By Festus Owete
Mohammed Namadi Sambo (PDP)
Until May last year, Namadi Sambo was the People’s Democratic Party governor of Kaduna State, a state regarded as the political headquarters of the northern region. He had run the state sine 2007 until he transferred his services to the federal level following his nomination for the vice presidential slot by President Goodluck Jonathan after the death of President Umaru Yar’Adua.
Prior to his nomination, the media had touted several names in the media as possible nominees, some of whom were politically ahead of Mr. Sambo for the number two position. Among them was Senator Ahmed Makarfi, who handed over power to Mr. Sambo in Kaduna State; deputy governor of Sokoto State, Murktar Shagari; secretary to the government of the federation, Yayale Ahmed; former military administrator of Lagos State, Buba Marwa; Jigawa State governor, Sule Lamido; and deputy speaker of the House of Representatives, Usman Nafada.
Born in 1954, Mr. Sambo, an architect and native of Zaria, had occupied various government positions, including membership of the Kaduna State Executive Council as commissioner. He heads some standing and ad-hoc government bodies, including the National Economic Council, where he and the 36 state governors sit to determine the economic direction of the country. He also heads a team constituted by the president to ensure the completion of power projects. That team comprises one governor from each of the geo-political zones and other technocrats.
Therefore, Mr. Sambo is coming into the presidential contest with a lot of experience in public administration — not that he has done well on all of those beats. No other vice presidential candidate has such credentials. For those who say experience counts in governance, this may be a plus for the ticket he shares with his boss, Mr. Jonathan. Today, by virtue of the position he occupies, Mr. Sambo is the political leader of the north, though this has been challenged on a few occasions by some people. But the vice president may need to work harder to deliver the votes of the north, a crucial section of the country, whose people are still angry over the dumping, by the PDP, of the zoning/rotation of presidential power between the two main political regions — north and south.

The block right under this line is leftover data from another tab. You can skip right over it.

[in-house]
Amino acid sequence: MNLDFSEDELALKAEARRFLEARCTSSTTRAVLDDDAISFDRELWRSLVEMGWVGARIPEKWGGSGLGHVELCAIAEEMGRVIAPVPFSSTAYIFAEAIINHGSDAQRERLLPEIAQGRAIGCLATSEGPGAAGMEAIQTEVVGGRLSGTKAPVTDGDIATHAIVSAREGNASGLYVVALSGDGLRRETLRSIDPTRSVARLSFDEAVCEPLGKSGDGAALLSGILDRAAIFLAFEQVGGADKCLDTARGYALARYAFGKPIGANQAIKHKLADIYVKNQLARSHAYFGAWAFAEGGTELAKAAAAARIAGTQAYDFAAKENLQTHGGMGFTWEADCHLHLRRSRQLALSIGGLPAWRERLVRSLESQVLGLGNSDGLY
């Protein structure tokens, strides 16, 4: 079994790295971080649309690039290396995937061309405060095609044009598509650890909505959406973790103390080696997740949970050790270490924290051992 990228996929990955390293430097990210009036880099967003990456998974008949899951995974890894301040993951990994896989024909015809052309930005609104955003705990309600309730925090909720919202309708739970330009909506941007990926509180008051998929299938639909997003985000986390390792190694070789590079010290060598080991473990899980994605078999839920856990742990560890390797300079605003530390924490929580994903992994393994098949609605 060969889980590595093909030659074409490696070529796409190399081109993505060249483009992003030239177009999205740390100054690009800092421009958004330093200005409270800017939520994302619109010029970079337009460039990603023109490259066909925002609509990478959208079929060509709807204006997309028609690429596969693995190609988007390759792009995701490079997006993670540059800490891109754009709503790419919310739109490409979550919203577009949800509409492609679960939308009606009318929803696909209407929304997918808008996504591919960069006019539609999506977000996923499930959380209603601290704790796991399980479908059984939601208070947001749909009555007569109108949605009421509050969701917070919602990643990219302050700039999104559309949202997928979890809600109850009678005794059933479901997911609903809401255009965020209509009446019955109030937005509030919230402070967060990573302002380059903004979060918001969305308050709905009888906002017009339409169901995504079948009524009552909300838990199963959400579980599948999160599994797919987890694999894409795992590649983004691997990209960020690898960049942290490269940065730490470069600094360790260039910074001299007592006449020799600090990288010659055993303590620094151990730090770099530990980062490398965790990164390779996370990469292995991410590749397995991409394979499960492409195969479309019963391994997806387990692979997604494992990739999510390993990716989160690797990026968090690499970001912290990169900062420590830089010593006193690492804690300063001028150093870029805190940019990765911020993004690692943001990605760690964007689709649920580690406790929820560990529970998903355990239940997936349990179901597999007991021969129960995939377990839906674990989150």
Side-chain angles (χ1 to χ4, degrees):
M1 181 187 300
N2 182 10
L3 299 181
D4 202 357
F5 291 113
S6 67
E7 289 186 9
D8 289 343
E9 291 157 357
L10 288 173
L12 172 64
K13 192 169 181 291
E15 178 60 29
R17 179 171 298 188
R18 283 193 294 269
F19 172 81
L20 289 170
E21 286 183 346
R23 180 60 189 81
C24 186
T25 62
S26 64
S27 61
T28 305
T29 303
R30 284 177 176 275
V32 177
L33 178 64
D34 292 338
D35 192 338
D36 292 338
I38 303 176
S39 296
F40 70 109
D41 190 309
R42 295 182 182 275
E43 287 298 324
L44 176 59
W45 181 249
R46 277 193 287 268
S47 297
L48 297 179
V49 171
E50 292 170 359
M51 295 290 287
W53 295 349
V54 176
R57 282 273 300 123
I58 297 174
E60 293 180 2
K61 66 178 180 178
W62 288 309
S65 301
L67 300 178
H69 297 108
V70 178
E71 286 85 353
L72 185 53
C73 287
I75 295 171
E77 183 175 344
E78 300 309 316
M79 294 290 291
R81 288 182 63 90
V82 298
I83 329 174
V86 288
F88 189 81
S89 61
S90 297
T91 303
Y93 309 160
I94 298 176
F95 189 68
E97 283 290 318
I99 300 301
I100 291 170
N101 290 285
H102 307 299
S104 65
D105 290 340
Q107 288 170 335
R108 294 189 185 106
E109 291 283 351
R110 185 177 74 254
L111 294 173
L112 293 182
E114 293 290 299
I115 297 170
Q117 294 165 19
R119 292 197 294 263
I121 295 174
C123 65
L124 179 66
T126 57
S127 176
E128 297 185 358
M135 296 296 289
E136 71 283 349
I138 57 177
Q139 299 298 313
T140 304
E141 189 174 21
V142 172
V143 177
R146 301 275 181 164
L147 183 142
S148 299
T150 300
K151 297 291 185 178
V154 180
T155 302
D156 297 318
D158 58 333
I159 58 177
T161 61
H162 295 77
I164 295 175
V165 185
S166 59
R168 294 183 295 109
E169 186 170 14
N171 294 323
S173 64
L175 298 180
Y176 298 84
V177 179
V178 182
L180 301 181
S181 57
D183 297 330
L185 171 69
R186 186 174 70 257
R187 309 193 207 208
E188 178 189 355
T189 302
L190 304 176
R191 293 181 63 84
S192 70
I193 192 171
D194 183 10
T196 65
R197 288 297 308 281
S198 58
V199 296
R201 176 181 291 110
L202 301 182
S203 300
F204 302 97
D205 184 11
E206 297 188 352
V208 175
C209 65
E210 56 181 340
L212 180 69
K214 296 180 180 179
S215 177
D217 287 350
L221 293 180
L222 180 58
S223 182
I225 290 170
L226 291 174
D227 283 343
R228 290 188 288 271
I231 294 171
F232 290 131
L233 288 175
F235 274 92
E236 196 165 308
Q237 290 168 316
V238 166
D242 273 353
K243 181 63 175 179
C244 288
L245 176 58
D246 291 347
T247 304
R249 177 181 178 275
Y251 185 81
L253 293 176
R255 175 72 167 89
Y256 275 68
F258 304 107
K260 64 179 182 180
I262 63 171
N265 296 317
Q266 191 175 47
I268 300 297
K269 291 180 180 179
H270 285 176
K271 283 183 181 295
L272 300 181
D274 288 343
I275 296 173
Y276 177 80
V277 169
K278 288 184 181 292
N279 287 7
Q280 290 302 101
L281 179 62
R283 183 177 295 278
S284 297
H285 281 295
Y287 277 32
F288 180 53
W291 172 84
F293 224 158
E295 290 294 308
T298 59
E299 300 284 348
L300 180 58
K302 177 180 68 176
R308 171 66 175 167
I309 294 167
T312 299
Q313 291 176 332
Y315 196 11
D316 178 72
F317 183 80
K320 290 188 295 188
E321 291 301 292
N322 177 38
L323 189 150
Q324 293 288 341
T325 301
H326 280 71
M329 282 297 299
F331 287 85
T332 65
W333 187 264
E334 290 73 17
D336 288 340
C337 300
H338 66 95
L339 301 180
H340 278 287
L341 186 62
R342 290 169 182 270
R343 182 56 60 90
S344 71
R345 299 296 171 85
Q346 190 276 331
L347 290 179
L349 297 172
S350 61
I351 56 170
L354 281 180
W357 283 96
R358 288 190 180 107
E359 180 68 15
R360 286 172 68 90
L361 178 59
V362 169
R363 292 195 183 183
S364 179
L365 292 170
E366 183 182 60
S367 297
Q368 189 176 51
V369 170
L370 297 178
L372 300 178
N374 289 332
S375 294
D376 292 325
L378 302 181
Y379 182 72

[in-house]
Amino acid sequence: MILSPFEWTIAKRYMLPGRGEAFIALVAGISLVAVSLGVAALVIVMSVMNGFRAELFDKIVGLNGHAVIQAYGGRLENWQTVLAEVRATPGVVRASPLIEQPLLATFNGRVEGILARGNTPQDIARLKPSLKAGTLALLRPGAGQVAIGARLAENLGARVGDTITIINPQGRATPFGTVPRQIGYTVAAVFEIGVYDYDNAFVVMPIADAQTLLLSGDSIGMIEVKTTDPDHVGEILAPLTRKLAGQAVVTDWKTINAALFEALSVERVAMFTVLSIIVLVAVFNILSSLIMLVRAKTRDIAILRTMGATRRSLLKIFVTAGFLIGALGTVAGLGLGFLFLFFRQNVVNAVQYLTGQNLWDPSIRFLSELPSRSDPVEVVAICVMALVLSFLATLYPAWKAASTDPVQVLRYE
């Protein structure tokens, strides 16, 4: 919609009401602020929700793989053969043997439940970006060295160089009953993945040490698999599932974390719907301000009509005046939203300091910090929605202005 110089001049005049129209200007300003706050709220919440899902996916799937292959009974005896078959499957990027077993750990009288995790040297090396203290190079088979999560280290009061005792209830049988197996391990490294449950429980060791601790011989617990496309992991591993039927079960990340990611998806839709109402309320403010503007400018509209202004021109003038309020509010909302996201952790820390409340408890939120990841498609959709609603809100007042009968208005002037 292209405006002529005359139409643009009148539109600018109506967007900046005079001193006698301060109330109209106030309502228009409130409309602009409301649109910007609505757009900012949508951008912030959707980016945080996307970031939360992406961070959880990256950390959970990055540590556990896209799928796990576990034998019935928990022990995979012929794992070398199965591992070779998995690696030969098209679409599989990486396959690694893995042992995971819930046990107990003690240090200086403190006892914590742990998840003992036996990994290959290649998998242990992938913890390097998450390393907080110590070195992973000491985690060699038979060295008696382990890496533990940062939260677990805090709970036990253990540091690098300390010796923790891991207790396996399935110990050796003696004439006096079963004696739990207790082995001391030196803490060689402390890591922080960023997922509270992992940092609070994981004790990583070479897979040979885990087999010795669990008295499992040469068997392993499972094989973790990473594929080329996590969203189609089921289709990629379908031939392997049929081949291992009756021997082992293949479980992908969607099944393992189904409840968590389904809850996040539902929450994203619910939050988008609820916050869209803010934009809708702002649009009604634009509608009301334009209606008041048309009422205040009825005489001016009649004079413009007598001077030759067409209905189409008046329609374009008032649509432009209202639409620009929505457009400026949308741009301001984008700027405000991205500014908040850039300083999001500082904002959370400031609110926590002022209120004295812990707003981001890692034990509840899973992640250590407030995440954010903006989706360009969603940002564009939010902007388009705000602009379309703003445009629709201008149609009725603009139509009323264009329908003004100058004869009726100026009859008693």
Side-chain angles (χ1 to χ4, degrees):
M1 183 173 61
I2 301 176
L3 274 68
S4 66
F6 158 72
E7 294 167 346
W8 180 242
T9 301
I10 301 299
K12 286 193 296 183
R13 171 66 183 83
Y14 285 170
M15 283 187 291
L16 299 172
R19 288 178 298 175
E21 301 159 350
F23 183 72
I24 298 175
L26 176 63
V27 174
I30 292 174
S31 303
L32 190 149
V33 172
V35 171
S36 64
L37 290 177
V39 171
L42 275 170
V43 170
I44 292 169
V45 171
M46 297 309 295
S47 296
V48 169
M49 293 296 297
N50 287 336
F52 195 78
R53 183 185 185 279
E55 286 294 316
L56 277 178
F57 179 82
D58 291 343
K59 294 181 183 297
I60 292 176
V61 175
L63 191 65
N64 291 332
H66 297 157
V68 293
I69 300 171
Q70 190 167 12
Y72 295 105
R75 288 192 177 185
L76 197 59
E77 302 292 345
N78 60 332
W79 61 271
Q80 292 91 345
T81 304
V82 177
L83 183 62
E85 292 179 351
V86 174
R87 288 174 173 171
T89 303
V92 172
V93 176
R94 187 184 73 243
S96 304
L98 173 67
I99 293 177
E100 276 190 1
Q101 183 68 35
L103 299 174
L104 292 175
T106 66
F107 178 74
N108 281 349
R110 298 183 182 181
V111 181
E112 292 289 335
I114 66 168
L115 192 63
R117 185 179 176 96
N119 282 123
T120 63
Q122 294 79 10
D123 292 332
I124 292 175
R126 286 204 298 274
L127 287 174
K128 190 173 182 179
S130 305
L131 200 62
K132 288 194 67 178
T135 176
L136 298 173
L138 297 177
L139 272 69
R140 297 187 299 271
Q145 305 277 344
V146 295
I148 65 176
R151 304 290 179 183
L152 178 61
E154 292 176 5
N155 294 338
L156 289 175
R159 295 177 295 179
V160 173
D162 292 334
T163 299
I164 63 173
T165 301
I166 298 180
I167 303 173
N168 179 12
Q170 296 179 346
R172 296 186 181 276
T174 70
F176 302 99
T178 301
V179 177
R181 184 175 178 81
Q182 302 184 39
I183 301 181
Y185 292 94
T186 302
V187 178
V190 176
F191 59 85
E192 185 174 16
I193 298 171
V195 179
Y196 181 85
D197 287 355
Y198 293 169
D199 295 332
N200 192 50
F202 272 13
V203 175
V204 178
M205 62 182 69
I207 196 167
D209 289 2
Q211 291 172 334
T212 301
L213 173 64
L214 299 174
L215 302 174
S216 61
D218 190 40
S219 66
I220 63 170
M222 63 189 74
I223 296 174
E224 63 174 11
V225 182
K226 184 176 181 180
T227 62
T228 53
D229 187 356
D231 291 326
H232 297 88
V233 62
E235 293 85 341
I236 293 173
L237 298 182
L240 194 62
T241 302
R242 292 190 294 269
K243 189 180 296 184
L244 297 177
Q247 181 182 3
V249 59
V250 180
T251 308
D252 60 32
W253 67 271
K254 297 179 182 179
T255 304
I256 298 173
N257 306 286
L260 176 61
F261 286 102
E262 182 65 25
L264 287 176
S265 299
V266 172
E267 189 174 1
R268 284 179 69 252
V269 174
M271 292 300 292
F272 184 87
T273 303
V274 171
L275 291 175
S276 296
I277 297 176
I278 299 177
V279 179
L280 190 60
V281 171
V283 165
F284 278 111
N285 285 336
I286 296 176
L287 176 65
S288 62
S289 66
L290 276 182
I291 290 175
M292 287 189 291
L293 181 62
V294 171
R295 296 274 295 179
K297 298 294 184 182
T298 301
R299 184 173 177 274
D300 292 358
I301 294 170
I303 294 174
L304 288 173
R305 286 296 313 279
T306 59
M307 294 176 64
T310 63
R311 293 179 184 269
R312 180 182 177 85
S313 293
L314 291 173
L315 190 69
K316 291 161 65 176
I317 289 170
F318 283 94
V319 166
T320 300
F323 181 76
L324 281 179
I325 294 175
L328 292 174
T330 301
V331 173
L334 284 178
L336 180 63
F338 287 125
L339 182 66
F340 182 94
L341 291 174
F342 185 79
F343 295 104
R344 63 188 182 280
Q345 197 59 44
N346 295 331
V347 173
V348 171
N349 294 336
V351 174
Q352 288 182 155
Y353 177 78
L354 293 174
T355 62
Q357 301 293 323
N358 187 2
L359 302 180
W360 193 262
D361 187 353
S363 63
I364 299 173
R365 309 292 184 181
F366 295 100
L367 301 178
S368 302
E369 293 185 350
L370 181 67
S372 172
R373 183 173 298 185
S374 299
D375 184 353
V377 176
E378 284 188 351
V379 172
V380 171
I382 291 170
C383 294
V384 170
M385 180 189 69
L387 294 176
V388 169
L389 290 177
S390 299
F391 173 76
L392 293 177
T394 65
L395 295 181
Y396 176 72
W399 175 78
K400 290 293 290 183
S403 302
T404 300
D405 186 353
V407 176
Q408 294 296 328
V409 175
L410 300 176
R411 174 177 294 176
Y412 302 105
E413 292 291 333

Although the results of the January 13 presidential primaries ended in favour of Mr. Sambo and his boss, it exposed the vice president as not being popular among his people. The result showed that Jonathan got 82 votes in Kaduna against Atiku Abubakar’s 41. Besides, analysts say that the zoning controversy may give sympathy votes to Muhammed Buhari, whose party, the Congress for Progressive Change, is gaining ground in the north and some other parts of the country. But others believe that Mr. Sambo does not have to worry because most of the northern votes will go to the ruling PDP.
Gbolahan Babatunde Bakare (CPC)
When on Monday, the fiery Lagos-based preacher was announced by the Congress for Progressive Change as running mate to Muhammadu Buhari via a press statement, many were surprised. He heads the popular Latter Rain Assembly, which he founded several years ago.
Although a lawyer by profession, Mr. Bakare went into activism when last year, he and a few other Nigerians started the Save Nigeria Group. The group played a major role in the successful demand for the transfer of power from ailing President Yar’Adua to his deputy, Mr. Jonathan. Since then, Mr. . Bakare has been in the news. But Mr. Bakare’s nomination did not come easy. A NEXT source said that Mr. Buhari had a hard time convincing his associates to agree to the idea of the preacher as his running mate. First, the pastor is not a card-carrying member of the CPC, neither is he a politician.
It was learnt that at several meetings in previous weeks in his suite at Transcorp Hotel, Abuja, Mr. Buhari who had realized that the alliance talks with the Action Congress of Nigeria (ACN) was headed nowhere, insisted that he needed a man of integrity and character from the southwest geo-political zone to pair with. Soon the name of the preacher began to feature in the media in the last three weeks. Before then there were speculations that the former military strongman would run with former Lagos State Governor, Bola Tinubu if the alliance worked. Others whose names featured at that time as possible running mates were former Anambra State governor, Chris Ngige; his Ekiti State counterpart, Niyi Adebayo; former Lagos State attorney general, Femi Osibajo and Edo State governor, Adams Oshiomhole.